Emily Lloyd is a "scorcher," blazing with righteous anger. Clad only in a white slip, she shakes her finger in imitation of actor Leland Crooke, playing her father, before turning around to shake her bottom at him. "That's great," shouts "Scorchers" director David Beaird as she sashays across the boardinghouse bedroom set. "The script only calls for one wiggle and you put in about five. I love it." A scorcher , Beaird pauses to explain, is a Southern term for a sexually passionate woman and Lloyd is doing her best to live up to it.
Five years ago, "Scorchers" was the cover title of three one-act plays, (soon pared down to two, "Thais" and "Bayou La Teche"), written and directed by Beaird for his 60-seat Equity Waiver Whitefire Theatre in Sherman Oaks and cast largely with students from the associated acting school. It's rare enough that a tiny regional play makes it on to the big screen, but the persistent author accomplished this unusual feat without compromising his original vision of the work.
"Scorchers" arrived at the shooting stage with Beaird's offbeat script intact and his directorial commitment unopposed. Leland Crooke, a relative unknown, reprises the role of Jumper that he originated on stage. And the rest of the cast, a panoply of respected actors--Lloyd, Faye Dunaway, Denholm Elliott, Anthony Geary, James Earl Jones, Jennifer Tilly and James Wilder--agreed to work for less than their usual salaries in order to keep the budget below $5 million.
Beaird wrote the plays while working on a creatively unsatisfying project at a major studio. "At night I'd come home and write one-acts and these just kind of popped out," he recalls. "It was just an antidote, a vaccine against all this crap I hated doing. I was amazed that they were so successful." The plays ran for two years, receiving several Dramaogue awards in 1987.
Having conceived of the plays from the beginning as potential movie material, Beaird telescoped the events of his stories into one night in the same Louisiana bayou town. The adaptation, he says, took him about six hours. One storyline follows a vengeful newlywed (Tilly) stalking the town prostitute (Dunaway) who has been sleeping with her husband. In the parallel story, her best friend, a Cajun bride (Lloyd) who is terrified of consummating her marriage, learns with the help of her father (Crooke) that her fears stem from her mother's death in childbirth.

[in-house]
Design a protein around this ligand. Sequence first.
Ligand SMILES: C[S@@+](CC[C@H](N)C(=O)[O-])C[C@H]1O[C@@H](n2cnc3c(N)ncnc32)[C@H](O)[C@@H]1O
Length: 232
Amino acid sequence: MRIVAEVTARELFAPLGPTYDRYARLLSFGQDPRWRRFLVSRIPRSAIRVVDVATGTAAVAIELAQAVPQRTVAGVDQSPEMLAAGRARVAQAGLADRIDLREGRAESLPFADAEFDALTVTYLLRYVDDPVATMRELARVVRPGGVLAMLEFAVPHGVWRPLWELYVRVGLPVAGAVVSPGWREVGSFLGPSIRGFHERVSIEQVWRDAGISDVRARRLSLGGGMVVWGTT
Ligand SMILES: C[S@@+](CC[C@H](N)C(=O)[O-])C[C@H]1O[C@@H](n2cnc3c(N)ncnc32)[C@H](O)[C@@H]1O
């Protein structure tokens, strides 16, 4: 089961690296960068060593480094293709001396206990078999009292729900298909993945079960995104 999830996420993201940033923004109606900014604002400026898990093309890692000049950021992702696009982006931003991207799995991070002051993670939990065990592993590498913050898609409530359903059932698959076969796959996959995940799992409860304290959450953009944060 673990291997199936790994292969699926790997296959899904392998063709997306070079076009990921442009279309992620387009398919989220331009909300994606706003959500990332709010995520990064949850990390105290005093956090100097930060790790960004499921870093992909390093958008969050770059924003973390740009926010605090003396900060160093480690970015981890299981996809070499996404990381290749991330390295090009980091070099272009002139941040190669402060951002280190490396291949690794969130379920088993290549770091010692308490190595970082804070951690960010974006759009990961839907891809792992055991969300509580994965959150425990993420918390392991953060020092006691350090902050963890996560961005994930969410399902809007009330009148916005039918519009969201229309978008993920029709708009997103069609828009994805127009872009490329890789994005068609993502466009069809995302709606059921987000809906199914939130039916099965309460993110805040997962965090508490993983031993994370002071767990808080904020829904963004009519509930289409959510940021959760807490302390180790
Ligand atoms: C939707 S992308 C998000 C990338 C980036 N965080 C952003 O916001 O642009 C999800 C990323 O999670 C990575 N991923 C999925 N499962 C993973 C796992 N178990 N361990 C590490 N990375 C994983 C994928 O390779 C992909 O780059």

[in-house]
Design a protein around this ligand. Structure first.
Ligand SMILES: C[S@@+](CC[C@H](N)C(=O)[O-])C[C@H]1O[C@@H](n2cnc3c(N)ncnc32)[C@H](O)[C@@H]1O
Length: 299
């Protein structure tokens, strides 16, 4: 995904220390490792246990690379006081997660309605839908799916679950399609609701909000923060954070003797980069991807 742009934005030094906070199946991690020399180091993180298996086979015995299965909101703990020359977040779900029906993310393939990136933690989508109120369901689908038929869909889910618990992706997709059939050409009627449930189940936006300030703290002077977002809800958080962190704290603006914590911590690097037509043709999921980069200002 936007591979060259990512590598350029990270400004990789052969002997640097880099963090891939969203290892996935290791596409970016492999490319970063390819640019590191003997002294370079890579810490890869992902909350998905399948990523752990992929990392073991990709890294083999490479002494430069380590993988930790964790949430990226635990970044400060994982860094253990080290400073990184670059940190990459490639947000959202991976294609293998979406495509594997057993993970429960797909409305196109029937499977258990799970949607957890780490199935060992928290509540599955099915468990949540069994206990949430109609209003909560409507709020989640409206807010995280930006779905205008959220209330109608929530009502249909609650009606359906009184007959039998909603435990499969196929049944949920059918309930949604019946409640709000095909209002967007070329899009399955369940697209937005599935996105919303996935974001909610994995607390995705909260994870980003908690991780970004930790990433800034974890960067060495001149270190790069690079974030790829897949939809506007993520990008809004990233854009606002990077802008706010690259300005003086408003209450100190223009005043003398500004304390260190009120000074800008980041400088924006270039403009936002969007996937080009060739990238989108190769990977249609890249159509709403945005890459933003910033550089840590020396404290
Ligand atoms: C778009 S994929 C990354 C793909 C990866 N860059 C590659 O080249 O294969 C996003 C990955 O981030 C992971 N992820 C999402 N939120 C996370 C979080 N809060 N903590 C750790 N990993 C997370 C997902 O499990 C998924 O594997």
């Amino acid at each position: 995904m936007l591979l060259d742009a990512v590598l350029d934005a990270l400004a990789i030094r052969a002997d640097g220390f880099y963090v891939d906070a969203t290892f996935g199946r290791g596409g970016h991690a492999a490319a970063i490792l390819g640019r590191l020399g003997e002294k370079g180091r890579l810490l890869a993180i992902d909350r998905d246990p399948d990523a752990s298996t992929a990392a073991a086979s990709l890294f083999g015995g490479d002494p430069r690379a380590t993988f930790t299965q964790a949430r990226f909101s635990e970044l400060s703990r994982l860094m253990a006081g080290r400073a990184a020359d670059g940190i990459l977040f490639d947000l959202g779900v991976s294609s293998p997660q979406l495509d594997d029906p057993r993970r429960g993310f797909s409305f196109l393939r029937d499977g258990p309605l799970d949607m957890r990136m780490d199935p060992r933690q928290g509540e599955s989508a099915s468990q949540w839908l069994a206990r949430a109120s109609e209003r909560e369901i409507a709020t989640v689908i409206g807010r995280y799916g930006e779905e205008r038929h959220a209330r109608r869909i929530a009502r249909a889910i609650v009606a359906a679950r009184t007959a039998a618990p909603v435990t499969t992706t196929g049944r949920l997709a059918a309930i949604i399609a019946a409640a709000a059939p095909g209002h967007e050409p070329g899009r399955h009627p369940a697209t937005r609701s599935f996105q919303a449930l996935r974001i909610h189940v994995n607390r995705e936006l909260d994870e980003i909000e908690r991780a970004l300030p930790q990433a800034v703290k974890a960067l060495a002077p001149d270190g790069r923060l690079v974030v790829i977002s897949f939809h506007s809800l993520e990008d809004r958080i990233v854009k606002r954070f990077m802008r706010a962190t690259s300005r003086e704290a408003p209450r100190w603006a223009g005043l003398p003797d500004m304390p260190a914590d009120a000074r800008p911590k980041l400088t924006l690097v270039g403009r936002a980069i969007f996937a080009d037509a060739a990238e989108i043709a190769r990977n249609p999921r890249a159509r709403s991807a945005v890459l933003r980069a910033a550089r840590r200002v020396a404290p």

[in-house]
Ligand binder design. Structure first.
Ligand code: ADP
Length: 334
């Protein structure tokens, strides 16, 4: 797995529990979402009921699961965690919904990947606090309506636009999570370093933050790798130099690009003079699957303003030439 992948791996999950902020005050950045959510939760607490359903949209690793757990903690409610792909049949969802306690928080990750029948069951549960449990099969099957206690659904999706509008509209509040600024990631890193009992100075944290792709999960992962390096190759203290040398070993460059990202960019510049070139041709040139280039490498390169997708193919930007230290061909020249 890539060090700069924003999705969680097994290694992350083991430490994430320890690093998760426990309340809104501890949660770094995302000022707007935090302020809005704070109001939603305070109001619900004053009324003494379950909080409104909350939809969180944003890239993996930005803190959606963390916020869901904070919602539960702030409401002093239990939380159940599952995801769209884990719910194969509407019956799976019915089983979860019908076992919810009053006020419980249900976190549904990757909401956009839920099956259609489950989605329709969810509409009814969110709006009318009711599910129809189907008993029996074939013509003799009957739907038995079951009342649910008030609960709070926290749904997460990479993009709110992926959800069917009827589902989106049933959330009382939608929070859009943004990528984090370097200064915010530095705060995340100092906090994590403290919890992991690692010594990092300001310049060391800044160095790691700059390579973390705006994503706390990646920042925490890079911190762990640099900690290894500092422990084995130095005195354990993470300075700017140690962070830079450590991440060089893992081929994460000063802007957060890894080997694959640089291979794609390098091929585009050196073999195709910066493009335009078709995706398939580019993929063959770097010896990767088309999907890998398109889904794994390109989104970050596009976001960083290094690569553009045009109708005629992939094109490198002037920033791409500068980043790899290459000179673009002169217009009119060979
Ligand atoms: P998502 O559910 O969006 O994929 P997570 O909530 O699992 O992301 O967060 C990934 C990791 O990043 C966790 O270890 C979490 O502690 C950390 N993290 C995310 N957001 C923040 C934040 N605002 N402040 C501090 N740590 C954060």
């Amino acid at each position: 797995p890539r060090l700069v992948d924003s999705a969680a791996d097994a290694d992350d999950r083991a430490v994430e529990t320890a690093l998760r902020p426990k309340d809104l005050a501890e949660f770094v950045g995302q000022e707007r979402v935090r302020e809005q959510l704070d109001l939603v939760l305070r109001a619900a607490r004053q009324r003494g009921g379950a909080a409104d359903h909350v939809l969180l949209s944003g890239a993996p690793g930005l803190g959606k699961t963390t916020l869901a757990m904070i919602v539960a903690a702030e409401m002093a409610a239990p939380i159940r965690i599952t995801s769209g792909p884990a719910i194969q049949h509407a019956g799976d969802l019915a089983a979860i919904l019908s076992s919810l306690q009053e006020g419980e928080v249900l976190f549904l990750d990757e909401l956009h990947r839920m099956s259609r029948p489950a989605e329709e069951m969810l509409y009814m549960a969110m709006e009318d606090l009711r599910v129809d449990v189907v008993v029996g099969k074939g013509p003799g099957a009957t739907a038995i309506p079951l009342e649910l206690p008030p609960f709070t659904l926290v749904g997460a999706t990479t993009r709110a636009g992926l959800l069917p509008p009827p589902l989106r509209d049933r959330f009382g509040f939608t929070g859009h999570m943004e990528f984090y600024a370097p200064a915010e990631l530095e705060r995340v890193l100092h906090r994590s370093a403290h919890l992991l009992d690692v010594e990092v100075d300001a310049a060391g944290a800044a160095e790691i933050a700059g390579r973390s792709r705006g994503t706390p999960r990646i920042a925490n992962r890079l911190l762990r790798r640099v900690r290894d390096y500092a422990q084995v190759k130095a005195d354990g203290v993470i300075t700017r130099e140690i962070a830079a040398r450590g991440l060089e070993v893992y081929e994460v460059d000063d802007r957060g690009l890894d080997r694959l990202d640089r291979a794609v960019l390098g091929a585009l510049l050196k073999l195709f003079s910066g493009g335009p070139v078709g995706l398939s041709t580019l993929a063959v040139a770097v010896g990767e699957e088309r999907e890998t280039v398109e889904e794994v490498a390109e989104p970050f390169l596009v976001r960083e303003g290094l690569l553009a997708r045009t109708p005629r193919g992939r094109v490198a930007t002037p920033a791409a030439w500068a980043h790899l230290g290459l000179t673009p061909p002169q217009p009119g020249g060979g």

Although various studios pursued Beaird after the financial success of "My Chauffeur," which he wrote and directed for Crown International, there was little interest in "Scorchers." "They'd go, 'Oh it's just a wonderful thing. Loved the dialogue. Next?' "
In early 1988, producer Morrie Eisenman of Producer Representative Organization (PRO) was given a copy of the script by his lawyer. "It strikes a note of reality and fantasy that other screenplays just don't strike," Eisenman says. "I wanted to do something with it right away. As soon as David said OK, we struck a deal and proceeded forward with financing and packaging. That was last September." Ultimately London's Goldcrest Films and Television Ltd. took on financing and worldwide distribution.
PRO was just coming off the critical success of "Bad Influence" which gave the company credibility in financial circles, but the trick that ensured success, according to Beaird, was bypassing the studio packaging mills by going directly to the actors. "In the same way that I had been starving to direct really good material, there were actors out there that were hungrier than I was," he says.
"If you get a script in the actor's hand and it makes that actor cry, you've got 'em," he says. "The tear circuit is all you're really needing to tune into. We thought we'd get one or two stars, but we could actually have filled every part with a star.